The Effects of Self-Enhancement and Self-Improvement on Recovery From Stress Differ Across Cultural Groups

William Tsai, Jessica J. Chiang, Anna S. Lau

Research output: Contribution to journalArticle

Abstract

Extant research shows that individuals can reflect either adaptively or maladaptively over negative experiences. However, few studies have examined how culture influences this process. We examined the effects of self-enhancement and self-improvement reflection on emotional and physiological recovery from a laboratory social stressor among 56 Asian Americans (interdependent cultural group) and 58 European Americans (independent cultural group). The extent to which people gained emotional and physiological benefits from self-reflection depended on whether the self-reflection processes were congruent with individuals’ heritage cultural backgrounds. When there was a cultural match, participants showed improved emotional recovery, quicker return to baseline levels of cortisol, and greater persistence following the stressor. These findings provide evidence suggesting culturally distinct processes through which individuals recover from negative experiences.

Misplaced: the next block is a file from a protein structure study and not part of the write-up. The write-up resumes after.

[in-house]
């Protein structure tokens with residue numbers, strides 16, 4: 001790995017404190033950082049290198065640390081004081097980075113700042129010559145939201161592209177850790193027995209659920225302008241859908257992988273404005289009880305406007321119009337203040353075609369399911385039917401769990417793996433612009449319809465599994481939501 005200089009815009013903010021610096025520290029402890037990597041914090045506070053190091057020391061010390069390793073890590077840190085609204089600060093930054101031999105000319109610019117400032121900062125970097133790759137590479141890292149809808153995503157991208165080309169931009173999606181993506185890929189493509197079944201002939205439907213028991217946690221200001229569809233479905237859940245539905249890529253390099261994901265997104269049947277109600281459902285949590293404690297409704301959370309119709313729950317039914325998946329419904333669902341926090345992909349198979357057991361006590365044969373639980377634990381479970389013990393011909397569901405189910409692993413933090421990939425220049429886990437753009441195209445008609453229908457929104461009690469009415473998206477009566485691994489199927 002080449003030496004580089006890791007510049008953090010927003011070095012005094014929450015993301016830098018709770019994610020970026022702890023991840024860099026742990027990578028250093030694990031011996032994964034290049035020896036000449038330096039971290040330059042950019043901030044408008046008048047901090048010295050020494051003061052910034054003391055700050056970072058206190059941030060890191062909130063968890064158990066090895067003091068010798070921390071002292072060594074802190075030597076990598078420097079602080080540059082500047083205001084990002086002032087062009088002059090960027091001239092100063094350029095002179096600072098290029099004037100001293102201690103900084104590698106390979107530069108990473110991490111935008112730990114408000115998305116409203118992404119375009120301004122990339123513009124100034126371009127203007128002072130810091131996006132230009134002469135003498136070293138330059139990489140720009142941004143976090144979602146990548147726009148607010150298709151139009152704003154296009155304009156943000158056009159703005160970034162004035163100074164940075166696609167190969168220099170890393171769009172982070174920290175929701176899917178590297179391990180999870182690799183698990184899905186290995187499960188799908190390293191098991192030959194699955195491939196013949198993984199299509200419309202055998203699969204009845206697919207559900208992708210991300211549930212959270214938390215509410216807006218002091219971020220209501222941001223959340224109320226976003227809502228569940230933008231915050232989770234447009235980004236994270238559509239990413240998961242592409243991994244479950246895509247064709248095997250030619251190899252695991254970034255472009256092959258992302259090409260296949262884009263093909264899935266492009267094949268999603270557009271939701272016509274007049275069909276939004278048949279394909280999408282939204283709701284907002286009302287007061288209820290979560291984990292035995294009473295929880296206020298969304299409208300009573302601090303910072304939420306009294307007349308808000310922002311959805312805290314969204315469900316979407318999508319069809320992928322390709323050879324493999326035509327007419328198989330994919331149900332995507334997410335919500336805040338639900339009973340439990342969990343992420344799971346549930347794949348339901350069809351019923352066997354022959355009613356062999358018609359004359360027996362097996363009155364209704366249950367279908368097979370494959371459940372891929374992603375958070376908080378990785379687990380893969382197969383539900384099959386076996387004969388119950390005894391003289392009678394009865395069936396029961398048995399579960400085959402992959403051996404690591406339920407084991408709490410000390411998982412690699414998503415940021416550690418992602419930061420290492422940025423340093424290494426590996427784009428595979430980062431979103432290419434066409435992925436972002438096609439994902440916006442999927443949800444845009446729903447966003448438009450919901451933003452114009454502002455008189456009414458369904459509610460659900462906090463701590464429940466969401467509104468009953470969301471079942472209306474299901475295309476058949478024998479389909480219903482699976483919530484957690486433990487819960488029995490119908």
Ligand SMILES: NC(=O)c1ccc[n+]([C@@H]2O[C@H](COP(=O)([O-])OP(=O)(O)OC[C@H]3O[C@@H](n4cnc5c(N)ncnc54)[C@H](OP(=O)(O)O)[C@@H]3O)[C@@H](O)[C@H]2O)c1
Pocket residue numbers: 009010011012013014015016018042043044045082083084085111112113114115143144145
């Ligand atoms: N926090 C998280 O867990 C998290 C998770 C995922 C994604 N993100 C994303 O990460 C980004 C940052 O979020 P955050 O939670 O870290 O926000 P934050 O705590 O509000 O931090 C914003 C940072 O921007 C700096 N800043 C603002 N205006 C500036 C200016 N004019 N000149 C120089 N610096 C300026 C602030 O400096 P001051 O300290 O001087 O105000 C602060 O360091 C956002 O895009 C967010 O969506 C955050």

Original languageEnglish (US)
Pages (from-to)21-28
Number of pages8
JournalSocial Psychological and Personality Science
Volume7
Issue number1
DOIs
StatePublished - Jan 1 2016

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Keywords

  • cortisol
  • culture
  • negative affect
  • persistence
  • self-reflection

ASJC Scopus subject areas

  • Social Psychology
  • Clinical Psychology

Cite this

The Effects of Self-Enhancement and Self-Improvement on Recovery From Stress Differ Across Cultural Groups. / Tsai, William; Chiang, Jessica J.; Lau, Anna S.

In: Social Psychological and Personality Science, Vol. 7, No. 1, 01.01.2016, p. 21-28.

Research output: Contribution to journalArticle

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